Educational Issue Paper: Standards Based Curriculum Essay

There are many concerns that of the education system of the U.

S. are faced with. One of these concerns is that the education system does not and can not adequately prepare the students for the 21st century life and work. Because of this, numerous educational professionals across the county have been trying new ways in changing the U. S. educational system. Different educational reforms have been tried and tested in different states.

In several states, policy makers are changing the educational system in such a way that the measurement of the effectiveness of teaching and education is being based on results or outcomes instead of traditional inputs such as hours spent in class and in course credits earned.

Policy makers have termed this educational reform as the standards-based curriculum or the outcome-based curriculum.

The position of the author of this paper is for the standards-based curriculum to be implemented and to continue to be implemented in all states of the U. S. The author believes that the standards-based curriculum in the U. S. educational system will help improve student learning by the effective restructuring of the teaching and learning process guided by the standards which are set by policy makers and educational experts. The author will therefore aim to provide justifications on siding for the standards-based curriculum in this paper. This paper will further aim to give the strong points as well as the weak points of standards-based curriculum.

Standards-based curriculum as an education reform is based on the analogy of education to the business and manufacturing sector where total quality movement is being implemented. Total quality movement in the business sector is a belief that the best way for business organizations to reach their ideal goals is to first determine where they are now and where they want to be in and then plan backwards to determine the best possible way for them to get from where they are now to where they want to be. The main idea behind the standards-based curriculum is standards.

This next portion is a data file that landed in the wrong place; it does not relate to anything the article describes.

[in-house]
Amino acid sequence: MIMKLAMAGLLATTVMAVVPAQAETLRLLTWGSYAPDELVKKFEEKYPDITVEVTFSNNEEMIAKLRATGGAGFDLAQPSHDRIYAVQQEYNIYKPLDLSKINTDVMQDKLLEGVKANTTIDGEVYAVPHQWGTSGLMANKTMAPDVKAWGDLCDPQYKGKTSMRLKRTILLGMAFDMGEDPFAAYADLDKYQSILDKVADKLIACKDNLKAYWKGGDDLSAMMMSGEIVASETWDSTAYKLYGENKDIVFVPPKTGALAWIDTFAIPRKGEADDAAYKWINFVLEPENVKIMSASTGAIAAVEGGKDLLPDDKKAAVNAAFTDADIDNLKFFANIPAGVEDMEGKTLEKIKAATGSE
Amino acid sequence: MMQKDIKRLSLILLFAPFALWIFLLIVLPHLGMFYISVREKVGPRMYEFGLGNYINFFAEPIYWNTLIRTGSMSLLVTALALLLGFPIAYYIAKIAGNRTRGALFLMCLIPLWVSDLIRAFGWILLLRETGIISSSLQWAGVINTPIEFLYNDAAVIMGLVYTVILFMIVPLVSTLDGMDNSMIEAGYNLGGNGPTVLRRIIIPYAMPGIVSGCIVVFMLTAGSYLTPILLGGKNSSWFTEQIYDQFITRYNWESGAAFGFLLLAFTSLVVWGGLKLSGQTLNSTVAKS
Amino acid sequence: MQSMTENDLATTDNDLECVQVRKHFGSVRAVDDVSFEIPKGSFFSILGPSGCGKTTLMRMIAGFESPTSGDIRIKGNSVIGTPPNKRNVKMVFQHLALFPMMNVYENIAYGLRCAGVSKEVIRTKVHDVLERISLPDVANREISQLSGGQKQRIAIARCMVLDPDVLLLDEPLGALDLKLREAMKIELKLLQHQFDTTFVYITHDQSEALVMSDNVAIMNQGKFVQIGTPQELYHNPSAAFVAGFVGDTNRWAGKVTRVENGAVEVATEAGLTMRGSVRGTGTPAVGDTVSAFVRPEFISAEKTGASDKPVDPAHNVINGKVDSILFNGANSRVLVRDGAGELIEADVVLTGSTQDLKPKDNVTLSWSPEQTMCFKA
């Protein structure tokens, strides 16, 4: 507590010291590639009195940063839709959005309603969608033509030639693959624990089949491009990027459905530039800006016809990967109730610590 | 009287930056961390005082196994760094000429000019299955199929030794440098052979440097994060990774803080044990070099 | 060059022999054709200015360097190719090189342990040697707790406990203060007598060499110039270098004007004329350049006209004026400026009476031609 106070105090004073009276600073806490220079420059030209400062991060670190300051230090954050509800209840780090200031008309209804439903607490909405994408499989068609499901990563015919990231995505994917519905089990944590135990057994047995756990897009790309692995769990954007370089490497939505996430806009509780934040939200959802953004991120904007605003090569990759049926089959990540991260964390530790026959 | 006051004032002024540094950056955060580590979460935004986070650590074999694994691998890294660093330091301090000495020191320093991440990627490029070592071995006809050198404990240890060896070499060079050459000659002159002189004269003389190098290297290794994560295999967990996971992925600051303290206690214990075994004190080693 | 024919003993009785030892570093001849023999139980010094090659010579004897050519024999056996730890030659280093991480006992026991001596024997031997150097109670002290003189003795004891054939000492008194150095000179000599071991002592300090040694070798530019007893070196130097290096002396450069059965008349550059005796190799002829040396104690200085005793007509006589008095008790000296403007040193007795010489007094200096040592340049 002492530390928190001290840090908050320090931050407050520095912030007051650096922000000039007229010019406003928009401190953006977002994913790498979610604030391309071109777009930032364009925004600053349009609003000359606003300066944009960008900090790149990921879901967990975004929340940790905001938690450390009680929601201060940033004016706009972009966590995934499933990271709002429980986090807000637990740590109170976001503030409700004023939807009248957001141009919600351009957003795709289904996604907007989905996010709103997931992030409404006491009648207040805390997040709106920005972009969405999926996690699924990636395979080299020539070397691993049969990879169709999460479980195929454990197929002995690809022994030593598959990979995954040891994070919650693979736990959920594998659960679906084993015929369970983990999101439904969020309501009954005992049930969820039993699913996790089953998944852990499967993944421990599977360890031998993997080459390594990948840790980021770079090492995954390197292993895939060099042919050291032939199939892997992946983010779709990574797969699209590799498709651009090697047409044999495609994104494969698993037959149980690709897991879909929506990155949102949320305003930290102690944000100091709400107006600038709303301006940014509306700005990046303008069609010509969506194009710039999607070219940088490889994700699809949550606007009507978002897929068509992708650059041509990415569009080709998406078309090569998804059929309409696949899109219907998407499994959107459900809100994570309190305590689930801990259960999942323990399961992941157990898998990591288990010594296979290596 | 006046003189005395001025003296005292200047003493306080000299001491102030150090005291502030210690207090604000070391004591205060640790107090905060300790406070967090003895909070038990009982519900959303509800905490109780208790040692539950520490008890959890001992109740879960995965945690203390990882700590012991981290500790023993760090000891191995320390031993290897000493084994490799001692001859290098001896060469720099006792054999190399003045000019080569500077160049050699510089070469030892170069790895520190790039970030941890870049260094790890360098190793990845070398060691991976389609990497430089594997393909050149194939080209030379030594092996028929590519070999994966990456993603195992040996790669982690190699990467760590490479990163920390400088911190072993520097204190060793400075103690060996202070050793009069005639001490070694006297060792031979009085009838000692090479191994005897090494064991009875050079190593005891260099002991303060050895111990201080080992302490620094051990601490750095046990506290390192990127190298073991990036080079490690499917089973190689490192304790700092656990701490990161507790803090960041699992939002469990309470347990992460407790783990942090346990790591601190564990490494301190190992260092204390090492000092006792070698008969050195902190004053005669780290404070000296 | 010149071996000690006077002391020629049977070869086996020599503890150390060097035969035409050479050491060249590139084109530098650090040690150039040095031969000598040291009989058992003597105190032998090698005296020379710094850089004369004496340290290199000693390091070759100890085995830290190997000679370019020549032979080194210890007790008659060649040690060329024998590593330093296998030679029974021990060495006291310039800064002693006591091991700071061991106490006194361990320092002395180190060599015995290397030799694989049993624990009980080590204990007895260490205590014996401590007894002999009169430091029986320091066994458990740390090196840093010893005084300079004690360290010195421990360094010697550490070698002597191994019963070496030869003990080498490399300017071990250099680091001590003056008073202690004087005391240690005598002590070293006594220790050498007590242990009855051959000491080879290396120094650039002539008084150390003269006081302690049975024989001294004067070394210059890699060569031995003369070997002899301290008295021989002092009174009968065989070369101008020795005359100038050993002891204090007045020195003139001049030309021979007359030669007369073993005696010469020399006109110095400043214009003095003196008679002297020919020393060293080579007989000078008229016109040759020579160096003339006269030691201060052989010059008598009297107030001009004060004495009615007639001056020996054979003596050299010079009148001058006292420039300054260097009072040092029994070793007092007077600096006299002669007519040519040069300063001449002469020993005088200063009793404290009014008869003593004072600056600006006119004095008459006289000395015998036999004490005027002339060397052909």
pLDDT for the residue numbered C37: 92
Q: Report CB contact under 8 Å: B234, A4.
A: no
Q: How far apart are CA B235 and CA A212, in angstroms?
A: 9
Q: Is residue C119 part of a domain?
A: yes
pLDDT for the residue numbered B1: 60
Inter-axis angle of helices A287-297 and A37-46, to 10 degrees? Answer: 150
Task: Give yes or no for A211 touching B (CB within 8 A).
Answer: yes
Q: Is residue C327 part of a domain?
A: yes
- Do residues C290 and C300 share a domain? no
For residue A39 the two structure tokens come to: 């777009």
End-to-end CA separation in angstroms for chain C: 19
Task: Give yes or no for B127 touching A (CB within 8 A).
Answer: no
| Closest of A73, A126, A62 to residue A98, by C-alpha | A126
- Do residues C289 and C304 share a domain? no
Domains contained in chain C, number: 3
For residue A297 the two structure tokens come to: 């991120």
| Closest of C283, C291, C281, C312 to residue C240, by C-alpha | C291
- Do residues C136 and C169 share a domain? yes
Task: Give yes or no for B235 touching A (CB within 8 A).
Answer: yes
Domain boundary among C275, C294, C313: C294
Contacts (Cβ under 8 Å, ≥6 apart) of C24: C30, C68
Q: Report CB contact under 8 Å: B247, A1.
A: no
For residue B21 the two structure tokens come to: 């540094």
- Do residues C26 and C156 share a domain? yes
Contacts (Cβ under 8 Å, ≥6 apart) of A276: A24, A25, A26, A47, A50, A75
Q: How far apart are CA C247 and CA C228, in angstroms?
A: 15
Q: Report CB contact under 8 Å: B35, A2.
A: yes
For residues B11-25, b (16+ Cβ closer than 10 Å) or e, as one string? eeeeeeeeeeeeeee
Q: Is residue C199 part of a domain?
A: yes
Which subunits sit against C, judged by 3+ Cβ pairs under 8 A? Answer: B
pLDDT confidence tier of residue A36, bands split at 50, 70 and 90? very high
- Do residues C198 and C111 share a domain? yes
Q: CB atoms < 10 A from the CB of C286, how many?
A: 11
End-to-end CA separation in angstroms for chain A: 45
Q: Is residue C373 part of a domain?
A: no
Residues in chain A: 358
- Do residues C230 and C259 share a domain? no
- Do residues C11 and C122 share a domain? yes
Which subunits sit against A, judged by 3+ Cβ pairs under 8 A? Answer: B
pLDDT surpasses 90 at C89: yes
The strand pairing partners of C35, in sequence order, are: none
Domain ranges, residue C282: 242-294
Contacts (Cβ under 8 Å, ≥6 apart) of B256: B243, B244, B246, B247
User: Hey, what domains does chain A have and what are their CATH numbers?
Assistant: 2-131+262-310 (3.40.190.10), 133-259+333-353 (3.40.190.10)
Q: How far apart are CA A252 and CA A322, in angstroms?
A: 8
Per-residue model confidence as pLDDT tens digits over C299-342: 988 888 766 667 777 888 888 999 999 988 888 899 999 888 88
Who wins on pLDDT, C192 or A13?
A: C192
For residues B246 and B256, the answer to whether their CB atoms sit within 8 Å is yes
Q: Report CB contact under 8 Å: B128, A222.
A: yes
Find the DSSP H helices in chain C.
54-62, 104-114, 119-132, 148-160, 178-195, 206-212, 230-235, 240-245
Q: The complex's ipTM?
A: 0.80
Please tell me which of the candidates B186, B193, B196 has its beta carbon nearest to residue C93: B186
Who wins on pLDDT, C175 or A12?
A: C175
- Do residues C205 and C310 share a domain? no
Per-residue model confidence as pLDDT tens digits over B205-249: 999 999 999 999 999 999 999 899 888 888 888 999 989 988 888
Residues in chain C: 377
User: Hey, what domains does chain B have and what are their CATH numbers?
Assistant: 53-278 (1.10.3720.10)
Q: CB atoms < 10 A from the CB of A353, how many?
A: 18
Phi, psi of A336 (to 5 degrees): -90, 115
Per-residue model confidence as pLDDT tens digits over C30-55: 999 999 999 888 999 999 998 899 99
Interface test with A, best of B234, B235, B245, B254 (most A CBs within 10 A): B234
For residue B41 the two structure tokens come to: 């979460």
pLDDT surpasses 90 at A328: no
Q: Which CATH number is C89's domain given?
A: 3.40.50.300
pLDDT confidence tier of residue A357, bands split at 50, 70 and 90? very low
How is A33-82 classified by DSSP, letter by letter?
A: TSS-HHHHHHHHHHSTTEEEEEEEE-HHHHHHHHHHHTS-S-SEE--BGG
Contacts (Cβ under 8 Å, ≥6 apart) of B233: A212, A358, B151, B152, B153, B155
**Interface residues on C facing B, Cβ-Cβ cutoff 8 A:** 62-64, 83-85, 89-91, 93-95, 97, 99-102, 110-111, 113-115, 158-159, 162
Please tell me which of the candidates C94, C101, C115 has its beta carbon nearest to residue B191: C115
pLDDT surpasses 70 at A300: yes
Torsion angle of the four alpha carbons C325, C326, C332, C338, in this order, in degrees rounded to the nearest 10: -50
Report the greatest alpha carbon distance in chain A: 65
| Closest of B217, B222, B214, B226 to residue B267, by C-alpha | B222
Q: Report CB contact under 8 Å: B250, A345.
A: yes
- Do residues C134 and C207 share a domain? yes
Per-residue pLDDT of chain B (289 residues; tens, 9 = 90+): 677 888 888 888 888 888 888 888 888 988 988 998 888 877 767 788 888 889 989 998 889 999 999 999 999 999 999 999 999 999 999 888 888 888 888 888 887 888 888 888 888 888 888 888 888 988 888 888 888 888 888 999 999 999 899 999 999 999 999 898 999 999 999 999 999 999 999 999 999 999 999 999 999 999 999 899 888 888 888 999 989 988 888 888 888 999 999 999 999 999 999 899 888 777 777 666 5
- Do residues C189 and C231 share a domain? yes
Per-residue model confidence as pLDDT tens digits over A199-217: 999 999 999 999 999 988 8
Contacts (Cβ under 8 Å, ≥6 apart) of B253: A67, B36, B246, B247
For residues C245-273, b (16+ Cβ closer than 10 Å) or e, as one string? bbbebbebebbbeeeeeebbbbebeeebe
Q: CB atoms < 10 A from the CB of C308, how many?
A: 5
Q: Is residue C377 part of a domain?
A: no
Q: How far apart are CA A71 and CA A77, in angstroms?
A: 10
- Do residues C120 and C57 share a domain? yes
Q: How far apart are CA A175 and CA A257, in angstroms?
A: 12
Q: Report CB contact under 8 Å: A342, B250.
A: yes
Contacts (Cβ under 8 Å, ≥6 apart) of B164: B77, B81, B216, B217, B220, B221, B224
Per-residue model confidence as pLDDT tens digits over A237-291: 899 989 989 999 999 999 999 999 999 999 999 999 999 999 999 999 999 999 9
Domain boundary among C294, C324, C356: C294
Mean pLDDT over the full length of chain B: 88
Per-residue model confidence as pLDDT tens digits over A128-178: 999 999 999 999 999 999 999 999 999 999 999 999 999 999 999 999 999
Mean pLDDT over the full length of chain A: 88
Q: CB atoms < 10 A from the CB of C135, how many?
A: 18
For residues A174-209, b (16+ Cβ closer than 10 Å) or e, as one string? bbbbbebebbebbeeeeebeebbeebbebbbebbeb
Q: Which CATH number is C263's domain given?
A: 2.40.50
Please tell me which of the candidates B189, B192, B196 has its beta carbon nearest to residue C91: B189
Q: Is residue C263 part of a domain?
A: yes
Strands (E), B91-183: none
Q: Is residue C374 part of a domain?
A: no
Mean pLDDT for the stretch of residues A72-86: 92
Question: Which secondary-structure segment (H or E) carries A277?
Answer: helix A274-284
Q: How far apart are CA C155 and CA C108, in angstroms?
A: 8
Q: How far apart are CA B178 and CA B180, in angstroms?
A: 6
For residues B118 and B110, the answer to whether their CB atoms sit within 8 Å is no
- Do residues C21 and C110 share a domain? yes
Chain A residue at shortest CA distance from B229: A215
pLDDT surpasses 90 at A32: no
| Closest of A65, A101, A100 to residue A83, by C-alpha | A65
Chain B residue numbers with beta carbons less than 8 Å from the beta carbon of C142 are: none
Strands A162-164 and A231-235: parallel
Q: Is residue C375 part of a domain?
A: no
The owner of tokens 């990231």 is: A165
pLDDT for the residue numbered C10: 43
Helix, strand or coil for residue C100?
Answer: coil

A standard is a level of quality or achievement which is thought to be at a level of being acceptable. A standard is also used to measure or to estimate the degree or quality of an object. When used in the educational system, standards would comprise of a cumulative body of knowledge and set of competencies which will be the basis for the quality of education. Standards would express what all students should know and should be able to do after attending school. Standards however, do not include how these students would be able to learn things (Judy Steiner, n. . ).

Setting standards in a national level through the standards-based curriculum would give all students equal opportunity because all students would be compared to the same set of standards which would be set nationally. There is a need for these standards to be at a national level in order to have a degree of uniformity in every school. If these standards would not be uniform then each teacher or each school would set his or their own standards for students. The demands on students would then be different from teacher to teacher or from school to school.

If this happens then there would be inconsistency in both instruction and in assessment. Thus, it is important that national standards should be set in the standards-based curriculum. Another advantage of having a standards-based curriculum is that it provides students with clear understanding on what they need to know at different levels of their education. Exams and assessment on student learning are given on a national level to determine the progress of students in achieving the set standards.

These assessment procedures would also indicate students who are not achieving the standards earlier in order to give them effective remedial assistance (Judy Steiner, n. d. ). Having set standards through the standards-based curriculum would create effective learning because the curriculum would provide all students the expectations that the state has for them. Having set standards would also be beneficial to the different stakeholders in education.

Standards-based curriculum would provide the state with a common reference tool which can be used to define the framework for national testing. Standards-based curriculum would also provide schools and districts with a clear focus on how to develop and organize their instructions and assessment programs as well as the content that they will include in their curriculum. Standards-based curriculum would also help teachers to design and restructure their way of teaching and assessment and would help them create more meaningful lessons.